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3-PBC-Clearwater-Wells-Gray-Moul-Falls
Moul Falls in Wells Gray Provincial Park
(Picture BC photo)

Clearwater

Geography

Clearwater is midway between Kamloops and Mount Robson Provincial Park near Valemount, along Yellowhead Highway 5.

Situated 406m/1,332ft above sea level, Clearwater is surrounded by the Trophy Mountains, which includes Raft Peak (2,451m/8,041ft) and Garnet Peak (2,451m/8,041ft). This mountainous landscape combined with more gently rising slopes creates excellent terrain for hiking. Visitors are drawn to the Clearwater for its close proximity to Wells Gray Provincial Park's 540,000ha/1,334,369ac of amazing wilderness.

Volcanic Activity

Clearwater's geography is a resulted combination of volcanic activity and glacial erosion. The Wells Gray-Clearwater volcanic field began forming about 3.5 million years ago and continues to expand. One of the best places to view this volcanic field is the summit of Pyramid Mountain. The summit is reached by a moderate 13km/8mi (return) hike.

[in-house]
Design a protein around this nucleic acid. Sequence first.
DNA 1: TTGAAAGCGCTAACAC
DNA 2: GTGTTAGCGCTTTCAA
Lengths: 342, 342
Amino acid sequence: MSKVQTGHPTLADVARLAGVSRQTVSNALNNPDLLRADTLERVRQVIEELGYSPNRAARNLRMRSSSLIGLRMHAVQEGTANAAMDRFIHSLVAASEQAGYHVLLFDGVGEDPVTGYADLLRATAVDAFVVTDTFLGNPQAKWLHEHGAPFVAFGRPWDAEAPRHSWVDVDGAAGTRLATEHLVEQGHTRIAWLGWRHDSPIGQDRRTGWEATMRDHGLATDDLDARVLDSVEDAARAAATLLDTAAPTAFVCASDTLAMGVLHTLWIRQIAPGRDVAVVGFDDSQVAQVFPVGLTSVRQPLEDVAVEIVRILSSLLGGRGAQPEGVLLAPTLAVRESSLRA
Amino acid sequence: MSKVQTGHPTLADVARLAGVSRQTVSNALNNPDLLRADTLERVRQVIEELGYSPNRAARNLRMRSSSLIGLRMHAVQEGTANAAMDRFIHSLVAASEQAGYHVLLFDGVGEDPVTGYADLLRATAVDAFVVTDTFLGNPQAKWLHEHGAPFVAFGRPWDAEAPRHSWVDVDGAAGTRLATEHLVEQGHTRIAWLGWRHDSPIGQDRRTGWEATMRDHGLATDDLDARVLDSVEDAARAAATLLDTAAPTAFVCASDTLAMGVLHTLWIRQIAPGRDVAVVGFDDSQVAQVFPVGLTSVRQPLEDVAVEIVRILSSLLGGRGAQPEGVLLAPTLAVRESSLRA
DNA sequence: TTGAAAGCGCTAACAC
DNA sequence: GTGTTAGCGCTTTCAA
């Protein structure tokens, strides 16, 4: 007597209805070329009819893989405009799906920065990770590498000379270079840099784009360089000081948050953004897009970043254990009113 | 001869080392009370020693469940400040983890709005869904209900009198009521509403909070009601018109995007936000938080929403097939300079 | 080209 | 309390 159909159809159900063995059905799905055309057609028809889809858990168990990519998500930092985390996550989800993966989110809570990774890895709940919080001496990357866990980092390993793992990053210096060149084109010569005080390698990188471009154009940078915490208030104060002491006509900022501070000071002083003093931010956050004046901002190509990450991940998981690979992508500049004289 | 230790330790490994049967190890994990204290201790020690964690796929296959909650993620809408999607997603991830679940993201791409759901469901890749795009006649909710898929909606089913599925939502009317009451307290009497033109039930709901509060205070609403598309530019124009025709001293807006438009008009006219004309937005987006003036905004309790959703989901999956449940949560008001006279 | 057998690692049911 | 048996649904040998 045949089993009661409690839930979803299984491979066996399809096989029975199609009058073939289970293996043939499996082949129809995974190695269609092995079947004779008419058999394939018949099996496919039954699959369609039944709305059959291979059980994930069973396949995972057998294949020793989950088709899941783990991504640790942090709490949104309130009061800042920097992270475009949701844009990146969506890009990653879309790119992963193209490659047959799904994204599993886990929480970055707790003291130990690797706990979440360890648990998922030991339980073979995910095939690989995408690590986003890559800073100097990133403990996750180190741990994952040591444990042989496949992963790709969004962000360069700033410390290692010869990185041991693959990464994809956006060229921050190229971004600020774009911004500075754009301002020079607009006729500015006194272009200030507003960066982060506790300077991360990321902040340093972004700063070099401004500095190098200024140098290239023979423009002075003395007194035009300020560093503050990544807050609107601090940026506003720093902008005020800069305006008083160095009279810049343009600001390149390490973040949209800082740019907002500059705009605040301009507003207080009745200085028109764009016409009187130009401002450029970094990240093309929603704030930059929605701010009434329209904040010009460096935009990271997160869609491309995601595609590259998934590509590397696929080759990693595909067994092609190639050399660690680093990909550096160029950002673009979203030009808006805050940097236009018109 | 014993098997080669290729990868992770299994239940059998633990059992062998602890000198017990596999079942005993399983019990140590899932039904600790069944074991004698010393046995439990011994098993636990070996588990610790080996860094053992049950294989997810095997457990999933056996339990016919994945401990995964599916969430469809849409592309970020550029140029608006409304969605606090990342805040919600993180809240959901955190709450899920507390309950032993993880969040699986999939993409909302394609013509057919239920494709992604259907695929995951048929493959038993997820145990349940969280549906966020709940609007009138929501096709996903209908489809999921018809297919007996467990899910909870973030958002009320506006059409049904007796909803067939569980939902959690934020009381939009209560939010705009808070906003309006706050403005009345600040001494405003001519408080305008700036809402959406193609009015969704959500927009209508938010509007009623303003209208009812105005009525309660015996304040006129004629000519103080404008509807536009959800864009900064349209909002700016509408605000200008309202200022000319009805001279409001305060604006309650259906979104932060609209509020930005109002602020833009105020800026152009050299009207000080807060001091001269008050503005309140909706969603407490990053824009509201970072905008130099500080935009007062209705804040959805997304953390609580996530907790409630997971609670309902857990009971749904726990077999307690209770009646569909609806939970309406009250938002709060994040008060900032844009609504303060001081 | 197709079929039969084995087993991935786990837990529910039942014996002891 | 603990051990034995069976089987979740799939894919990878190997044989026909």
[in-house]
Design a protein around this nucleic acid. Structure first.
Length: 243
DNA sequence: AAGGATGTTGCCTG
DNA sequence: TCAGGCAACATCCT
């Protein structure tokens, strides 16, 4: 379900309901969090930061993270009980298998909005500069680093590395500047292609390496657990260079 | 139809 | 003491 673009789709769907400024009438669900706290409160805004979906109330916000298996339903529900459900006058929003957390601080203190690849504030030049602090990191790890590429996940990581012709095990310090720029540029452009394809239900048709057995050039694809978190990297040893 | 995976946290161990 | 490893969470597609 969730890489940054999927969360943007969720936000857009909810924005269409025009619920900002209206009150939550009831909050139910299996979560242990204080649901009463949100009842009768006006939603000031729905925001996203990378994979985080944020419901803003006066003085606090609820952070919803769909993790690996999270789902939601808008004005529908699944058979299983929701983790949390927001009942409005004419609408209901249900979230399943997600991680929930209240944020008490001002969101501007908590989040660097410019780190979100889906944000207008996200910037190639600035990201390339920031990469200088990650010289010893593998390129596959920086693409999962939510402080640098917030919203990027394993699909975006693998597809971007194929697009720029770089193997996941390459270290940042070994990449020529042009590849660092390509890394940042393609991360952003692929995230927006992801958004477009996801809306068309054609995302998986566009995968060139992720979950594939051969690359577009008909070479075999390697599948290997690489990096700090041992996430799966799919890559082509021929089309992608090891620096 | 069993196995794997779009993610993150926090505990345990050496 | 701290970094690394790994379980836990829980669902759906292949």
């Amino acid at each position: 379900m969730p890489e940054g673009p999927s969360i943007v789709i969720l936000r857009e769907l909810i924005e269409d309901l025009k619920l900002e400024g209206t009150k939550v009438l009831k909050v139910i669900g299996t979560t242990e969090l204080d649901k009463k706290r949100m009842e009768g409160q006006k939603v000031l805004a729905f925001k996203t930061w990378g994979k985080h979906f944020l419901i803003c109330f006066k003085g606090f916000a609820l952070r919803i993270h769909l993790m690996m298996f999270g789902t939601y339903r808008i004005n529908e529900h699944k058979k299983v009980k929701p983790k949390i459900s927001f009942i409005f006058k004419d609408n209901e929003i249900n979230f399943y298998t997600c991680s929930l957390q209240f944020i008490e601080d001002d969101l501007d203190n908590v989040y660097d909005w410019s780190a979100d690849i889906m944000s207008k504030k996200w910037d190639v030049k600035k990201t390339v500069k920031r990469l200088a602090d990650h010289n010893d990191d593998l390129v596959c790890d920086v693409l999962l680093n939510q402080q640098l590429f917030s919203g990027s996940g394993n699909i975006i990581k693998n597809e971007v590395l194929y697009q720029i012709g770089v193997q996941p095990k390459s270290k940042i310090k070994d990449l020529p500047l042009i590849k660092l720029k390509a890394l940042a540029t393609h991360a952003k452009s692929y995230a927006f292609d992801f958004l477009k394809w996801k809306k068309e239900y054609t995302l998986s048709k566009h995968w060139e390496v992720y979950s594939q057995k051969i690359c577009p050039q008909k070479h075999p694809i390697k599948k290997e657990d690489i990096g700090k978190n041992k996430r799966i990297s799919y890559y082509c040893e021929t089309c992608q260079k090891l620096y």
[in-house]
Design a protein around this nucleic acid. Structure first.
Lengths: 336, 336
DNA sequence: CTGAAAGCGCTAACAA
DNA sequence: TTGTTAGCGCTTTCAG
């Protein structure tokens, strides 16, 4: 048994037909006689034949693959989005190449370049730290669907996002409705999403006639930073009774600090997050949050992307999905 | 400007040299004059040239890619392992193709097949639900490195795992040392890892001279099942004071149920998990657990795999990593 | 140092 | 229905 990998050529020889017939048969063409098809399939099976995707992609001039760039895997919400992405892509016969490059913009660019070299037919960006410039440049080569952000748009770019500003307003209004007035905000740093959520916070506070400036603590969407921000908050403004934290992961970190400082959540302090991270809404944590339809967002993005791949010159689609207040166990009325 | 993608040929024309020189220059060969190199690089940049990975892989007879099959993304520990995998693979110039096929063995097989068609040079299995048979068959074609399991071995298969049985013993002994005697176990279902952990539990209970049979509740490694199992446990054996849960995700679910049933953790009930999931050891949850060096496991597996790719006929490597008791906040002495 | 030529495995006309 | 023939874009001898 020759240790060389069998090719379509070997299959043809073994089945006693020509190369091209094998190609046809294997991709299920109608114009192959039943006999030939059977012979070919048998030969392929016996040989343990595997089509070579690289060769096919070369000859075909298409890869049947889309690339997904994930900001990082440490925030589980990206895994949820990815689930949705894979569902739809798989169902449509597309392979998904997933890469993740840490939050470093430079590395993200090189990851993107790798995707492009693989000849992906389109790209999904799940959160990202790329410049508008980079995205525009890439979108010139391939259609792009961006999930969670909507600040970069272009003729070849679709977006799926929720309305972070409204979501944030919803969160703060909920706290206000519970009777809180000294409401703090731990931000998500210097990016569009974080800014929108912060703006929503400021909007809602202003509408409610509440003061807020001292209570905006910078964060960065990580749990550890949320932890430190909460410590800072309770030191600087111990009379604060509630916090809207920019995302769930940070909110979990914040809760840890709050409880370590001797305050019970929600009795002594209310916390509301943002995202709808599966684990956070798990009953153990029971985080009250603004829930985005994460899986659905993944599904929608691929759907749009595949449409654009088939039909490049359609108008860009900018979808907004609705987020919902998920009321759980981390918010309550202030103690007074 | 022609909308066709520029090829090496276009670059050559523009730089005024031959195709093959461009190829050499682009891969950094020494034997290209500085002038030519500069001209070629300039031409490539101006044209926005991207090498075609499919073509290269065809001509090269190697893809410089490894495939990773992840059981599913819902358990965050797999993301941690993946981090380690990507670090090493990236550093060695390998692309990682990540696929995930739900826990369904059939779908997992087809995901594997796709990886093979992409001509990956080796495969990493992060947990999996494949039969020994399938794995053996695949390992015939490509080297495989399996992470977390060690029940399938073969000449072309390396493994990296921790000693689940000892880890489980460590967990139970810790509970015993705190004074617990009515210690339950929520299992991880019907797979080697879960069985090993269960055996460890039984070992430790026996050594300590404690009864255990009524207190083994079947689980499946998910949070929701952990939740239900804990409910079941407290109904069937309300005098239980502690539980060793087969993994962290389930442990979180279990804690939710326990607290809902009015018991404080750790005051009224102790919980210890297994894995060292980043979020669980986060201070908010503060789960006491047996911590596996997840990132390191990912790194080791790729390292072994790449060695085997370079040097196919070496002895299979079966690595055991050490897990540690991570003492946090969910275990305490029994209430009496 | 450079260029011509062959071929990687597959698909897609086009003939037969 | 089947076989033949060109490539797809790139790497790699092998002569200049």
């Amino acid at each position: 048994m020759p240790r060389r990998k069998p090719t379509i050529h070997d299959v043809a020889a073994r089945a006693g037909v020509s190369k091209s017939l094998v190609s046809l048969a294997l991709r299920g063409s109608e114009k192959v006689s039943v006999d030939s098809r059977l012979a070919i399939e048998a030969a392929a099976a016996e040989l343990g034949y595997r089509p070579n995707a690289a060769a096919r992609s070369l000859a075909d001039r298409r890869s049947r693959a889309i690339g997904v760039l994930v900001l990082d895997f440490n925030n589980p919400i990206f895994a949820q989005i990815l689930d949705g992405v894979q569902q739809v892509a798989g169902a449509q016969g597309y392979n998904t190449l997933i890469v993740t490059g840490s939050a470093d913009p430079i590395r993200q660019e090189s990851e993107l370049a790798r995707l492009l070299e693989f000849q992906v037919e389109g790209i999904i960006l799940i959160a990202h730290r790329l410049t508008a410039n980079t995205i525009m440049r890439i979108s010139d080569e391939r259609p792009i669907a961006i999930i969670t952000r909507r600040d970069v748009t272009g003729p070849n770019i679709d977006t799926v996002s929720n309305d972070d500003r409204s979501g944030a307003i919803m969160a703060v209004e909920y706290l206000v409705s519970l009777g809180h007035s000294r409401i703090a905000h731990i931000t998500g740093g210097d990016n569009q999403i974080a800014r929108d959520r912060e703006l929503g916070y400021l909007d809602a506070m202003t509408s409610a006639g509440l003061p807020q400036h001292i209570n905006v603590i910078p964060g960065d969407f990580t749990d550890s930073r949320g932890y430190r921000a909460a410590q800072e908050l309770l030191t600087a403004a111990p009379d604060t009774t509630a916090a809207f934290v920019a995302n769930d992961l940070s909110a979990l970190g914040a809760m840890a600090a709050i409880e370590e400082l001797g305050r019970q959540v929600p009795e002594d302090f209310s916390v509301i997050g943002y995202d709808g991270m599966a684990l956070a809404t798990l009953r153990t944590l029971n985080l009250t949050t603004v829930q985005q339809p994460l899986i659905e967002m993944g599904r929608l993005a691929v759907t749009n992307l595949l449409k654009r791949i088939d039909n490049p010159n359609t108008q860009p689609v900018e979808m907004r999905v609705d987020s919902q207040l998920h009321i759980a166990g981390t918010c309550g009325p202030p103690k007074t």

Geologists believe that Pyramid Mountain developed gradually beneath a thick glacial sheet as magma erupting under the ice was chilled and shattered into tiny fragments. Over time, these fragments accumulated around the vent to form a mound-shaped structure. When layers of soft unstable lava filled the glacial valleys, fast flowing rivers eroded it to form the deep narrow gorges seen throughout Wells Gray Provincial Park. When lava encountered harder rock, waterfalls such as Helmcken Falls were created.

Climate and Weather

The differing geographical terrain bordering Wells Gray Provincial Park is the main reason for climate and weather variation in the Clearwater area. North of the community receives more rain and snow and is quite chilly during the winter months. Moving south into Clearwater, conditions are usually drier and warmer. Summer temperatures average 17°C/63°F, while winter temperatures hover around -8°C/18°F.